To make your living on a roof, you need two things: super-human ankles and traction. You’re on your own for the former, but Cougar Paws can help in the grip department! A dense, fibrous-mat sole is exactly what you want for a sure-footed grab on granular shingles, but the material wears out quickly. Cougar Paws have an elegant solution to the problem — Velcro! When you wear a sole out, just peel it off and stick a new one on.
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How many 9V gadgets do you have around the shop — or the house? Let’s count: there’s the studfinder, the moisture meter, the fox-and-hound wire tracer, a handful of multimeters, a flashlight, a transistor radio. Wow. The list goes on and on! I’m a big advocate of rechargeable batteries, but the nickel-based chemistries aren’t ideal for most nine-volt applications. Now there’s an alternative: Lithium!
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Sometimes an 1800-watt heatgun is overkill. That’s when the ProHeater proves handy. Intended for heat-shrink applications, this 350-watt mini-heatgun is also ideal for label removal and other adhesive softening.
You probably won’t find it useful for stripping paint, but it most likely won’t melt your cheap extension cord, either. It’s less bulky than a standard heatgun, and will set you back about twenty bucks.
Tired of tearing your hands up on cheap-ass, not-fully-smoothed cast faucet knobs? You could replace the faucet with an expensive modern one, but if the valve’s still good, why not try Faucet Mitts? Just soften these rubber covers in warm water then just slip ’em into place. They’re four bucks a pair and are way, way easier on your hands.
Here’s an automatic power switch with a twist: Toolmonger has covered a number of such products before, and they all work by turning accessories (monitor and speakers, dust collection vacuum, etc) on and off when the device plugged into the main outlet (computer, saw) is turned on or off. The WattStopper uses a passive infrared (PIR) motion sensor to tell when you’re in the area, and turns things off when you’ve been gone for a while. It’s a different approach that seems well suited to soldering irons and other tools that’re easily forgotten about but might be dangerous if left unattended.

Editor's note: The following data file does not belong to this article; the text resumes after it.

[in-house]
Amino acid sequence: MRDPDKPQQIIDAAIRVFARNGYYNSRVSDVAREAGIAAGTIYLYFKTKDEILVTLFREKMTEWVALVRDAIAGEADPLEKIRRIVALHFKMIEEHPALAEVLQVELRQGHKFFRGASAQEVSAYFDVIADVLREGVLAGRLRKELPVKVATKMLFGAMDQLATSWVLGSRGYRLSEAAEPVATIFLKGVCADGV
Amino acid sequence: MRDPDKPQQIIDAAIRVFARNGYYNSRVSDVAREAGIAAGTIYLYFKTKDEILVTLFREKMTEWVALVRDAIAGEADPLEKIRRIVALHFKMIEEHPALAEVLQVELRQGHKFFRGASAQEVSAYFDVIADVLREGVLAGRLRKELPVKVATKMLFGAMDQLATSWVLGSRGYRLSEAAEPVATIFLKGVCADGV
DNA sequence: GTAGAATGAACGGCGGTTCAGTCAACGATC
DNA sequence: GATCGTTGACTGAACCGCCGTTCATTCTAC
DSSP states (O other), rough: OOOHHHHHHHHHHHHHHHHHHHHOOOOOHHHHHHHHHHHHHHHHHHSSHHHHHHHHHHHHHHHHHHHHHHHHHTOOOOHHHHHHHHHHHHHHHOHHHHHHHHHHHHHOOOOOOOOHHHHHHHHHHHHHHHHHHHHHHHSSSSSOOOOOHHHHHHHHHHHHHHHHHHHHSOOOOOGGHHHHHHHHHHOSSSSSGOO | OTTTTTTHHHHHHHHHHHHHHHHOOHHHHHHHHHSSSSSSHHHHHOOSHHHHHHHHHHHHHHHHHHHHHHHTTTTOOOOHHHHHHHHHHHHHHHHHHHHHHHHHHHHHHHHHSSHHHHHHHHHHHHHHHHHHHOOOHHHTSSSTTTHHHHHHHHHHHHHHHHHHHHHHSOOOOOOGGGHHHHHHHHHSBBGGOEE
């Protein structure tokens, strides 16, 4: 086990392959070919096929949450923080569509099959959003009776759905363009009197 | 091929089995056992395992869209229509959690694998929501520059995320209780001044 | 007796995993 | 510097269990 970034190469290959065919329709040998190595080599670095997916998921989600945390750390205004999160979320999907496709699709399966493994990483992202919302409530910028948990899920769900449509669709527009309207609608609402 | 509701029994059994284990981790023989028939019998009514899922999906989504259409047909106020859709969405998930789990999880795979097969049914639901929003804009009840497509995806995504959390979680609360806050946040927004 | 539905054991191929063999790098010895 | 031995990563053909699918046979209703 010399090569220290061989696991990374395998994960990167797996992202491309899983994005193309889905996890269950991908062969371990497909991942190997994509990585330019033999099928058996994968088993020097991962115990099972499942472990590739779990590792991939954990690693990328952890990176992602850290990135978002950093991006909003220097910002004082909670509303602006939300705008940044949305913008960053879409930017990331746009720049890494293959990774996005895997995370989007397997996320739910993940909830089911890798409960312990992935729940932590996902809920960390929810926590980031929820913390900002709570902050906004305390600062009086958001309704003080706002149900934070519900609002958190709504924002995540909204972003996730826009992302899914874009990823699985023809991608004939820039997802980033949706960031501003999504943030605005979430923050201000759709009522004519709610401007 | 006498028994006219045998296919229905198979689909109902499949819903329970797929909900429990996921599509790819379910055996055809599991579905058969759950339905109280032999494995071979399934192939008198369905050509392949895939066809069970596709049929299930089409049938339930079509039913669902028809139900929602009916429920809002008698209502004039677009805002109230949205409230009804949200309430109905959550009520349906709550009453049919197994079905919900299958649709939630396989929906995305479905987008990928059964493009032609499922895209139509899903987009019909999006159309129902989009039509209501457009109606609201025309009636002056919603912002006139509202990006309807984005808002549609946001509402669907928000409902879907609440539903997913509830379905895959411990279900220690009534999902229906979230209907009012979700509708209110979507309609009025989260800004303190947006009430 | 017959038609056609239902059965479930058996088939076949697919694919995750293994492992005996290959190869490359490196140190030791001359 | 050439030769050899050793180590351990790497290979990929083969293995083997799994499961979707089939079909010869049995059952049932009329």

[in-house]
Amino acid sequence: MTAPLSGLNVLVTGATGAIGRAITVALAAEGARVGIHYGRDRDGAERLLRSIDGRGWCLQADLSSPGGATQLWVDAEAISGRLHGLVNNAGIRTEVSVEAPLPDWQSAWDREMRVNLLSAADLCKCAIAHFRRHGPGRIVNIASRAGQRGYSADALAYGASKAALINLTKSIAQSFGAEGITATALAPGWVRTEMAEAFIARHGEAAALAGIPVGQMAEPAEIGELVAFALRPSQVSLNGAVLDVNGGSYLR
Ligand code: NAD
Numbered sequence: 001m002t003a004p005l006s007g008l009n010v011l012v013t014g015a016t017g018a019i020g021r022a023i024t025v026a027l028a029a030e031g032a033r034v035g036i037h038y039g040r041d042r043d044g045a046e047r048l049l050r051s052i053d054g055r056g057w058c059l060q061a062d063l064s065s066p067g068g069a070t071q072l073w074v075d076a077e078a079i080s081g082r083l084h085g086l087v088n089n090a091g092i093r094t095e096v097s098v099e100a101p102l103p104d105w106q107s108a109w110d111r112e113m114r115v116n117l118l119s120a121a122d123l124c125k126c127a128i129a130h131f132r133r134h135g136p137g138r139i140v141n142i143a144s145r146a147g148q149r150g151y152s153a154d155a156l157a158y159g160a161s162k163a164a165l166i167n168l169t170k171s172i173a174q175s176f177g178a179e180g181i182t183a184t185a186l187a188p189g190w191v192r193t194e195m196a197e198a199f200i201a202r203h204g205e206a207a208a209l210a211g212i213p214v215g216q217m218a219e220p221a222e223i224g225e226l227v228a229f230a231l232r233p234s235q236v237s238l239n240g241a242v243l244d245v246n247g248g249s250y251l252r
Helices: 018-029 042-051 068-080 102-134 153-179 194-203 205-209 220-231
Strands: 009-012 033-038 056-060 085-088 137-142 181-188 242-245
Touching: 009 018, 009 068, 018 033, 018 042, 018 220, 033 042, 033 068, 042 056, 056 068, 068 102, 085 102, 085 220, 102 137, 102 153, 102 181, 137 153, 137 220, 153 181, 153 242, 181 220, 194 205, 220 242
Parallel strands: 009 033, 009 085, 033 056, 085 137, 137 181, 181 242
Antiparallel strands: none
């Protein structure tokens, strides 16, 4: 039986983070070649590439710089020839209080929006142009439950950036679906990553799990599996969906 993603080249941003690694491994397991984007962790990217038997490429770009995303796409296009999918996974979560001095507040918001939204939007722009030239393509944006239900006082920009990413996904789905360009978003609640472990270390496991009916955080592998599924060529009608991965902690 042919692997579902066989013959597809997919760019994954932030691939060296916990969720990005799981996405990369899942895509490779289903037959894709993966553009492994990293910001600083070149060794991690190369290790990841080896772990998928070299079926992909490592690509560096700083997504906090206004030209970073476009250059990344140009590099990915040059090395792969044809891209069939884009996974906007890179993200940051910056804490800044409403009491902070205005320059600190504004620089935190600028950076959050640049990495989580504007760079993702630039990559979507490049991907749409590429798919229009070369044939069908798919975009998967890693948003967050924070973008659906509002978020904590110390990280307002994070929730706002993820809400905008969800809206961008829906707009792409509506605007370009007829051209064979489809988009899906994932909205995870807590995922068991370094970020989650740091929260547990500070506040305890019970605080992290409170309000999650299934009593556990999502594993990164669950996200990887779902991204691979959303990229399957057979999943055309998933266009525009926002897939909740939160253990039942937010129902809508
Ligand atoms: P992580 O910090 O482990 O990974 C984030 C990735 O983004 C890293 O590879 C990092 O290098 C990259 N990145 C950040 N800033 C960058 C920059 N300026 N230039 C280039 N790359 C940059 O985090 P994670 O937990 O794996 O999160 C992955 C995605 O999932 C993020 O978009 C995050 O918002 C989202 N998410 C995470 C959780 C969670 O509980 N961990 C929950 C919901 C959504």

Here’s the great part: The model pictured is discontinued, and WeirdStuff has ’em for ten bucks, which is somewhere between a third and a tenth of normal retail. (Shipping starts around $9.) I’m getting one to plug my soldering station into, though I might press it into service as a trick-or-treater detector first.
WattStopper Legrand makes all sort of PIR-based occupancy sensors and lighting control products, and their site is thick with technical info. If building automation interests you, it’s worth stopping in for a read.
Working in an unheated garage gets a whole lot less pleasant in the wintertime. But this 135-watt heating element embedded in a rubber floor mat can at least take the chill off your feet. This three-foot mat would be right at home in front of your workbench, under a desk, or perhaps on the benchtop keeping the project warm so your fingers don’t freeze, too.
Pricing on this model starts around $70, but you can find smaller versions for less.
Now through October 1st, Duluth Trading is offering 20% off any order of $50 or more. My mailer had code T27PC2 printed on it, though it looks unique so I apologize in advance if it stops working after a few orders.
If you’re not familiar with Duluth Trading, head on over and take a look. They carry all sorts of stuff, including comfy clothing (they’re very fond of “fire hose” canvas), tool bags and organizers, travel supplies, even books. It’s a collection of cool stuff, the perfect time-sink for a Friday!
Duluth Trading [Corporate Site]
Grilling is easier when you can get a grip on the food, and this combination flipper and tongs set is truly more useful than the sum of its parts. The flipper blade slides under burgers more easily than the end of regular tongs, and the top tong holds securely for easy flipping and serving. Rubber-dipped handles make ’em comfy, and at four bucks there’s no excuse not to own a set.
Basic voltage and current measurements from a simple multimeter are adequate for DC electronics work, but when you deal with inductors, an LCR (inductance, capacitance, resistance) meter becomes essential. Siborg’s new Smart Tweezers combine an ergonomic design with a great feature set, targeted squarely at the surfacemount market.
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